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Phonte's 'No News Is Good News' Cuts Through the Pains & Panic of Middle Age

New Tigallo, new Tigallo, new Tigallo.

Phonte only speaks when he has something to say. 

He’s been your favorite rapper’s favorite lyricist since the early 2000s, when, alongside 9th Wonder and Rapper Big Pooh, he was holding hip-hop’s feet to the fire as Little Brother, but the life of an elder statesman never comes easy. 

In the seven years since his 2011 solo debut Charity Starts At Home, he’s laid his father to rest and weathered a divorce, but he's also remarried and kept his pen sharp with the occasional rap feature and grown-and-sexy soul bops with both Eric Roberson (as Tigallero) and Dutch producer Nicolay (as The Foreign Exchange).

Put another way, Phonte’s done a lot of living lately, the kind necessary to fuel an album as heartfelt and raw as his long-awaited sophomore project, No News Is Good News. 

The cover says it all: Phonte crouched over his phone on a stairwell, buried in a somber tweet while light reflects off his chin. The chaotic outside world stops as soon as your social media feed does, and for a rapper who gets harassed about new music almost as much as Earl Sweatshirt or Jay Electronica, time away gave Phonte more perspective. 

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"Y’all scoring a game that I don’t care about / 'Cause if you ain’t droppin' that cheap, weakened shit / Every week and shit then they wonder 'bout your whereabouts / I will clothesline a nigga and air it out / 'Cause time is precious and my peace of mind is paramount," he concedes on the ruthless “So Help Me God,” the epitome of “fuck from ‘round me” rap that ends with a silver lining: “You are only as old as your ability to process information.”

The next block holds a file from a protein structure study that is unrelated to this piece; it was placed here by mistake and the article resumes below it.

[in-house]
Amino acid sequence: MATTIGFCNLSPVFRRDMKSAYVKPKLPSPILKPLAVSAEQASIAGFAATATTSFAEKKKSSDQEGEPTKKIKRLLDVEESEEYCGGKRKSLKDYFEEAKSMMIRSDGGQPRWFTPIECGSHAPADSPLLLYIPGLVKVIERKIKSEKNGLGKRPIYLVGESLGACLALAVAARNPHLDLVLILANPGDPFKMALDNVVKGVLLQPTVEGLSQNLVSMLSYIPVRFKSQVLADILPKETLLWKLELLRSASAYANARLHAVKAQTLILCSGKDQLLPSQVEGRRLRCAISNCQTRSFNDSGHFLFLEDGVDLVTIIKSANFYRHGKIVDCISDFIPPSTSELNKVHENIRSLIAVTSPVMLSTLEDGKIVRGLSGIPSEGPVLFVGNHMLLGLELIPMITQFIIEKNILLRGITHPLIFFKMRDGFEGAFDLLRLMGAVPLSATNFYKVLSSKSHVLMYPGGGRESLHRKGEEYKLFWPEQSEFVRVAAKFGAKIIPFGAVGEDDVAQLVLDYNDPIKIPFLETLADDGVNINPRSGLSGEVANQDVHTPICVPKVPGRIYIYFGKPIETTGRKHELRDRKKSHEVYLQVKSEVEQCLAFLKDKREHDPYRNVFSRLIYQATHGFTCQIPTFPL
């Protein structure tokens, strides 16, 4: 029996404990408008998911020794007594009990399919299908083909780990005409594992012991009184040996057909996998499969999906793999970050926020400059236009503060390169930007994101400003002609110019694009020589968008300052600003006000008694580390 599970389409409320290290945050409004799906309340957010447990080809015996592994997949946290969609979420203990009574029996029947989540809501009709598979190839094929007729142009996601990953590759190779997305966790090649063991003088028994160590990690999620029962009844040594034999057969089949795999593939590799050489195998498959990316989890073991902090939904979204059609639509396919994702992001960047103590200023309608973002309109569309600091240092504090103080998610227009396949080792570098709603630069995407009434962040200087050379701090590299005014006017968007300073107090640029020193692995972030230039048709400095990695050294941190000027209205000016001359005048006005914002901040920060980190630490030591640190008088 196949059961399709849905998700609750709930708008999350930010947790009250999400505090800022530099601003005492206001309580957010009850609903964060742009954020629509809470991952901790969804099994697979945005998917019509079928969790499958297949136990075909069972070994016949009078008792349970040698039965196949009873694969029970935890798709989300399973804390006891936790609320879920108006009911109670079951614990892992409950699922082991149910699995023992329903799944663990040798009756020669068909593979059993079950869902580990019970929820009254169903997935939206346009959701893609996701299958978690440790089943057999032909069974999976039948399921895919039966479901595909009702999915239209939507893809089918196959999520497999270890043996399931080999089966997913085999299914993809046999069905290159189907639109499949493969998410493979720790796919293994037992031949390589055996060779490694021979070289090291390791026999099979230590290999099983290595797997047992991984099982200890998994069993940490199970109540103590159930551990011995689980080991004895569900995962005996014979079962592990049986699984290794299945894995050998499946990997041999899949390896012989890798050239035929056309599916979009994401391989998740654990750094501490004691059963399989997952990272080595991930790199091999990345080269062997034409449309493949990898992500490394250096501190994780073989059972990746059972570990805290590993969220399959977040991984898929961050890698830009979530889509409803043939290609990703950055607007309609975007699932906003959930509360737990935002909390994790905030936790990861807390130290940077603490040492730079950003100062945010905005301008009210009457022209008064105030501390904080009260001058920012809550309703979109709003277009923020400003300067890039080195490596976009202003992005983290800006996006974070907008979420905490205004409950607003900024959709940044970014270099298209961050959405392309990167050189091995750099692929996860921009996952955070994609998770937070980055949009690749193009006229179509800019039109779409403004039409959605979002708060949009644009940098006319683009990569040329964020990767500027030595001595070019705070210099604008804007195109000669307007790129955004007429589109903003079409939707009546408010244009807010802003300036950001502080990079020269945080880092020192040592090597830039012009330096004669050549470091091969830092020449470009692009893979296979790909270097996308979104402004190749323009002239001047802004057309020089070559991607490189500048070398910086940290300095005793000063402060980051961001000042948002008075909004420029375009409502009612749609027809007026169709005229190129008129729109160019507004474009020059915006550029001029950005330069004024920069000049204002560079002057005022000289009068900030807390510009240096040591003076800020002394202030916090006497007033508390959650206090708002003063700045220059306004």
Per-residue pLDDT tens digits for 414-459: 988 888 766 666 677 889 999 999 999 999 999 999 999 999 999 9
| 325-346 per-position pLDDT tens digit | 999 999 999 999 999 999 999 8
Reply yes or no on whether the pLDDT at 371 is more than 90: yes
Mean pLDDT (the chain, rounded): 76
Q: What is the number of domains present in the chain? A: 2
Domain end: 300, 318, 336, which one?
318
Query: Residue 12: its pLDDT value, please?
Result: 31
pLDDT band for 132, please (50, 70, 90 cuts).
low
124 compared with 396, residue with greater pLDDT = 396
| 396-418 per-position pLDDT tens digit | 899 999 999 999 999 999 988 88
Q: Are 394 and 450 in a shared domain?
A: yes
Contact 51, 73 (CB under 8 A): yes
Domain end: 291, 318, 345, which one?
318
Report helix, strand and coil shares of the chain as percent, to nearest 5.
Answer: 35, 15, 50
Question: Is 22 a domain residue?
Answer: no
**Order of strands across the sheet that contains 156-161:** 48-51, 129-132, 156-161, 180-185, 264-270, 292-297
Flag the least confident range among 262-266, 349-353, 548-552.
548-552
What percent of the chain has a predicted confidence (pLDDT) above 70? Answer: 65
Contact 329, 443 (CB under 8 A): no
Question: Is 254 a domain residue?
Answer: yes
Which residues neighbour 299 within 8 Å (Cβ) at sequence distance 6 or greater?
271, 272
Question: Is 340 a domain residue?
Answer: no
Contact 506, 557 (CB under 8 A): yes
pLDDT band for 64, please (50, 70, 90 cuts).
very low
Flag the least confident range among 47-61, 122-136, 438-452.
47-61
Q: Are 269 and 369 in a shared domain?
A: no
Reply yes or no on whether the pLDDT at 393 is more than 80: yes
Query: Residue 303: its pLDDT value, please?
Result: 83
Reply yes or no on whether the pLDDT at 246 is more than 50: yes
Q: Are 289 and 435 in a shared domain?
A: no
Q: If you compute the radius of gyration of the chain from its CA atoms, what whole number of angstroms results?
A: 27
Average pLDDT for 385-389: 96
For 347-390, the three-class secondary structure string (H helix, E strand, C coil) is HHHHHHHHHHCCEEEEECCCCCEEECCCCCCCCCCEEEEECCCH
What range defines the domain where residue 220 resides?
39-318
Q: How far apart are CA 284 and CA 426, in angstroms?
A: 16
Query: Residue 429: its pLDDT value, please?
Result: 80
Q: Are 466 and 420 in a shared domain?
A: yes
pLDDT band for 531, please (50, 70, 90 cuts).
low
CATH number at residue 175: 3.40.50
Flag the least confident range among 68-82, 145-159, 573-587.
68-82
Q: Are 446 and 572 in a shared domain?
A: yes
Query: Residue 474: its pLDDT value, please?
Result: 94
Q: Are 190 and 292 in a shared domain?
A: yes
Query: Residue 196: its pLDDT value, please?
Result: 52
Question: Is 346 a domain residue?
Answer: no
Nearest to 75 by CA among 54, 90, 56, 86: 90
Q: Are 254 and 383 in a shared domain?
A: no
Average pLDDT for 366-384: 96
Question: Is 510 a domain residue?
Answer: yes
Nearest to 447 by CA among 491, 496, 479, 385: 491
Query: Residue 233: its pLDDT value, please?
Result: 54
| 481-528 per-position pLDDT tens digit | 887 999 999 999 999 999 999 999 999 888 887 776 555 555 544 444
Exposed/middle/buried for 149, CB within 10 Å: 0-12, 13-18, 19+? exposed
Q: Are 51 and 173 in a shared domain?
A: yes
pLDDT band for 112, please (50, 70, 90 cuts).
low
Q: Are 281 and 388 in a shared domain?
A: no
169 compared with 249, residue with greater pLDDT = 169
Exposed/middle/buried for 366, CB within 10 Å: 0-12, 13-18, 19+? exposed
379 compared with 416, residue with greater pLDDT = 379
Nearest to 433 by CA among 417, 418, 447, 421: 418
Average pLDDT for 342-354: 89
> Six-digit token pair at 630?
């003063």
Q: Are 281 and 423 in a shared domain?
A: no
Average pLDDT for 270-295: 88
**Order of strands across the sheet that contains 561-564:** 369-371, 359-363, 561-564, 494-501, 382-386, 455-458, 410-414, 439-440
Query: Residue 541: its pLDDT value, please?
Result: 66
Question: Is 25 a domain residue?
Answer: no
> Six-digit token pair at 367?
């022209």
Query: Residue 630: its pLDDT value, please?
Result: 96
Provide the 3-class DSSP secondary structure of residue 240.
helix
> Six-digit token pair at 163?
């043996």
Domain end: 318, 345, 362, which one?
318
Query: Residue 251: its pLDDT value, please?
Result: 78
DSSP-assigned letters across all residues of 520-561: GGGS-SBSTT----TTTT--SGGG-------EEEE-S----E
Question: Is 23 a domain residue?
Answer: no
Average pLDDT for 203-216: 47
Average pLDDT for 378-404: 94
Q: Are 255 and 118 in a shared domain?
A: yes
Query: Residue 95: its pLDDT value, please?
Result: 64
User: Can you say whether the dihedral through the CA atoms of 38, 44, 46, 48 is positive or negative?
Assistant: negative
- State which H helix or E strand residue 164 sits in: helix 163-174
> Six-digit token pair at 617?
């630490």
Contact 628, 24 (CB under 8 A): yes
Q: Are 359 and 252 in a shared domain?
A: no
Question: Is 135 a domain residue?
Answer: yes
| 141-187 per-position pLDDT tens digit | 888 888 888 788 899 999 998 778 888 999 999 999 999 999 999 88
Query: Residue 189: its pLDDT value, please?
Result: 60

That peace of mind is delivered through a series of hard looks in the mirror. Concerns over the health of Black men following the deaths of Combat Jack and Prodigy on “Expensive Genes” flows seamlessly into the family reckoning on “Cry No More,” while Phonte and Freddie Gibbs finding love in hopeless places on the bouncy “Change of Mind” leads to "Sweet You," an ode to happily washed married life. 

Phonte’s flow collapses keen insights on middle-aged life alongside X-Men and Breaking Bad references like a tie-dyed velvet origami swan. Production on the album is handled expertly by Marco Polo, Illingsworth, Nottz, and others, all of whom manage to keep pace while mapping out Te’s emotions just as much as the raps do.

As an early 20-something, I had a hard time relating to the more mature aspects of Phonte’s earlier work, but the best parts of Charity Starts At Home now make more sense as I creep closer to 30. In just the past six months, Big K.R.I.T., Evidence, Skyzoo, and Rapsody have contributed to the glut of grown person’s rap, but Phonte's 33-minute emotional journey isn't just another coin in the slot. On No News Is Good News, Phonte's voice continually cuts through the pains and panic of middle age, with candidness, humor, and wisdom. 

Three Standout Tracks:

“So Help Me God”

For anyone wondering where rapping Phonte went, this is the kick in the door you’ve been waiting for. Marco Polo composed a fight entrance song for the ages with piano chord stabs and fuzzy drums that serve as Phonte's gunpowder. “This is not a game nigga we are not in Contra / I'ma kill shit I'ma be a silent monster / That will shit to happen like he Tio Salamanca.” These are “out for blood” bars.

“Cry No More”

The lead-in to a doctor asking Phonte about his family's health history at the end of “Expensive Genes.” He tackles the hypocrisy of burying his father “then eating the same shit that killed him” and pleads for parents and their children to try and understand each other better over Illingsworth’s synths and twinkling keys. Continuing to watch my father struggle with sleep apnea almost forced tears.

“Change of Mind” ft. Freddie Gibbs

The only song with no Phonte raps and yet another showcase for Gibbs’ rap gymnastics. Both of their perspectives on how love led them through extremely tough times—Gibbs’ support system after his acquittal in Austria was amazing—add weight to an otherwise two-step-ready beat that shimmers like a diamond. Phonte's beat selections often sound like they’re tailor-made for the most expensive video Mary J. Blige never made, and AbJo of Soulection is here to carry on tradition.



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